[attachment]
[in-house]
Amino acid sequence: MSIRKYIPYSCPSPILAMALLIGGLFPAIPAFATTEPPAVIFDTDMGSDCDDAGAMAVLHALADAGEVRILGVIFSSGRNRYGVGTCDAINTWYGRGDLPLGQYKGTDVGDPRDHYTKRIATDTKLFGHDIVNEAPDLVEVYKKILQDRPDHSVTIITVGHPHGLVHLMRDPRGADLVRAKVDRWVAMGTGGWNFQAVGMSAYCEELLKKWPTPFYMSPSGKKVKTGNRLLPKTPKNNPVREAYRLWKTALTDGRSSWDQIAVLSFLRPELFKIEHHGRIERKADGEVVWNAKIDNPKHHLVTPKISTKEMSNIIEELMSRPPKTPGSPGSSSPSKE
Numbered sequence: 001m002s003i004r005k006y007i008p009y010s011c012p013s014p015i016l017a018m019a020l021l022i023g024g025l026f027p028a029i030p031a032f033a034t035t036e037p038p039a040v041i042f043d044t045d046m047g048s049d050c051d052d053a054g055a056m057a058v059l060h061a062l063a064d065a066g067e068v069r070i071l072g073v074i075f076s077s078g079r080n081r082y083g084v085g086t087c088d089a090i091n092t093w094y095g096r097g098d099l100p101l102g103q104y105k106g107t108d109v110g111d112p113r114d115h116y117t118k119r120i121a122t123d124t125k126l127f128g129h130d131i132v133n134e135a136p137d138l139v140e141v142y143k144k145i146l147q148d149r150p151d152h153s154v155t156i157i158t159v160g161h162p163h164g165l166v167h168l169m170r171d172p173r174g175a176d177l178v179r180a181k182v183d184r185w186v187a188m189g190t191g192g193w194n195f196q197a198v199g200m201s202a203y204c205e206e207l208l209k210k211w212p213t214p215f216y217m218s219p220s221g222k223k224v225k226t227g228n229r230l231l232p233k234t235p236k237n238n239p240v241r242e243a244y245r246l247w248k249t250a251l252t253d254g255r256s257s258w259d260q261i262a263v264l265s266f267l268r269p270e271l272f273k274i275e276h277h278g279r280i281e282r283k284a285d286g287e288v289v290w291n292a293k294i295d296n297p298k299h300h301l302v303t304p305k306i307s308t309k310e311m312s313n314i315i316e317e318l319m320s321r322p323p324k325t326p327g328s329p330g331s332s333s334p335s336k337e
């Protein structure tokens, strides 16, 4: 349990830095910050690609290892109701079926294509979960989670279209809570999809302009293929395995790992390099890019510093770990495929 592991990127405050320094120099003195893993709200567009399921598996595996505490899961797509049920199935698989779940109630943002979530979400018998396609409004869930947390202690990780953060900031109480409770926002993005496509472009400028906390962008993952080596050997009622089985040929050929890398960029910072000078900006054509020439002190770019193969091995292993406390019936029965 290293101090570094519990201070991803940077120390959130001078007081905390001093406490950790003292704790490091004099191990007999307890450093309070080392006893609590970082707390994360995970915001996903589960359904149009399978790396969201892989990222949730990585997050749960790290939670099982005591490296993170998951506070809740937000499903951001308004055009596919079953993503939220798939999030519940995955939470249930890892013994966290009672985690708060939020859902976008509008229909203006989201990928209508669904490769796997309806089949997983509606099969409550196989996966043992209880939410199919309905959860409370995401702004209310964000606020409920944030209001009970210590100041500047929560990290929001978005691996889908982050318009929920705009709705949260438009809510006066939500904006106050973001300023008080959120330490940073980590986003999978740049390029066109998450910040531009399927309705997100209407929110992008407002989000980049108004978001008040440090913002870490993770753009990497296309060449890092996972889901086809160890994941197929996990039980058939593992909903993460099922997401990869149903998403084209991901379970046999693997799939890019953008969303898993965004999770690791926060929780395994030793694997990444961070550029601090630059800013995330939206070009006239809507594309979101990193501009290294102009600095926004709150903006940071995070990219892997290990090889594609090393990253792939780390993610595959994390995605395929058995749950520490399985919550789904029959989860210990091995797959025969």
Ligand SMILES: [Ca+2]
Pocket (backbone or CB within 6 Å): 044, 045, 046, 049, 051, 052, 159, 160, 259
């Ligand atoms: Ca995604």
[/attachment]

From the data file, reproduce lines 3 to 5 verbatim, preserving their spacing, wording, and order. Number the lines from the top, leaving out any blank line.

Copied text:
Numbered sequence: 001m002s003i004r005k006y007i008p009y010s011c012p013s014p015i016l017a018m019a020l021l022i023g024g025l026f027p028a029i030p031a032f033a034t035t036e037p038p039a040v041i042f043d044t045d046m047g048s049d050c051d052d053a054g055a056m057a058v059l060h061a062l063a064d065a066g067e068v069r070i071l072g073v074i075f076s077s078g079r080n081r082y083g084v085g086t087c088d089a090i091n092t093w094y095g096r097g098d099l100p101l102g103q104y105k106g107t108d109v110g111d112p113r114d115h116y117t118k119r120i121a122t123d124t125k126l127f128g129h130d131i132v133n134e135a136p137d138l139v140e141v142y143k144k145i146l147q148d149r150p151d152h153s154v155t156i157i158t159v160g161h162p163h164g165l166v167h168l169m170r171d172p173r174g175a176d177l178v179r180a181k182v183d184r185w186v187a188m189g190t191g192g193w194n195f196q197a198v199g200m201s202a203y204c205e206e207l208l209k210k211w212p213t214p215f216y217m218s219p220s221g222k223k224v225k226t227g228n229r230l231l232p233k234t235p236k237n238n239p240v241r242e243a244y245r246l247w248k249t250a251l252t253d254g255r256s257s258w259d260q261i262a263v264l265s266f267l268r269p270e271l272f273k274i275e276h277h278g279r280i281e282r283k284a285d286g287e288v289v290w291n292a293k294i295d296n297p298k299h300h301l302v303t304p305k306i307s308t309k310e311m312s313n314i315i316e317e318l319m320s321r322p323p324k325t326p327g328s329p330g331s332s333s334p335s336k337e
């Protein structure tokens, strides 16, 4: 349990830095910050690609290892109701079926294509979960989670279209809570999809302009293929395995790992390099890019510093770990495929 592991990127405050320094120099003195893993709200567009399921598996595996505490899961797509049920199935698989779940109630943002979530979400018998396609409004869930947390202690990780953060900031109480409770926002993005496509472009400028906390962008993952080596050997009622089985040929050929890398960029910072000078900006054509020439002190770019193969091995292993406390019936029965 290293101090570094519990201070991803940077120390959130001078007081905390001093406490950790003292704790490091004099191990007999307890450093309070080392006893609590970082707390994360995970915001996903589960359904149009399978790396969201892989990222949730990585997050749960790290939670099982005591490296993170998951506070809740937000499903951001308004055009596919079953993503939220798939999030519940995955939470249930890892013994966290009672985690708060939020859902976008509008229909203006989201990928209508669904490769796997309806089949997983509606099969409550196989996966043992209880939410199919309905959860409370995401702004209310964000606020409920944030209001009970210590100041500047929560990290929001978005691996889908982050318009929920705009709705949260438009809510006066939500904006106050973001300023008080959120330490940073980590986003999978740049390029066109998450910040531009399927309705997100209407929110992008407002989000980049108004978001008040440090913002870490993770753009990497296309060449890092996972889901086809160890994941197929996990039980058939593992909903993460099922997401990869149903998403084209991901379970046999693997799939890019953008969303898993965004999770690791926060929780395994030793694997990444961070550029601090630059800013995330939206070009006239809507594309979101990193501009290294102009600095926004709150903006940071995070990219892997290990090889594609090393990253792939780390993610595959994390995605395929058995749950520490399985919550789904029959989860210990091995797959025969």
Ligand SMILES: [Ca+2]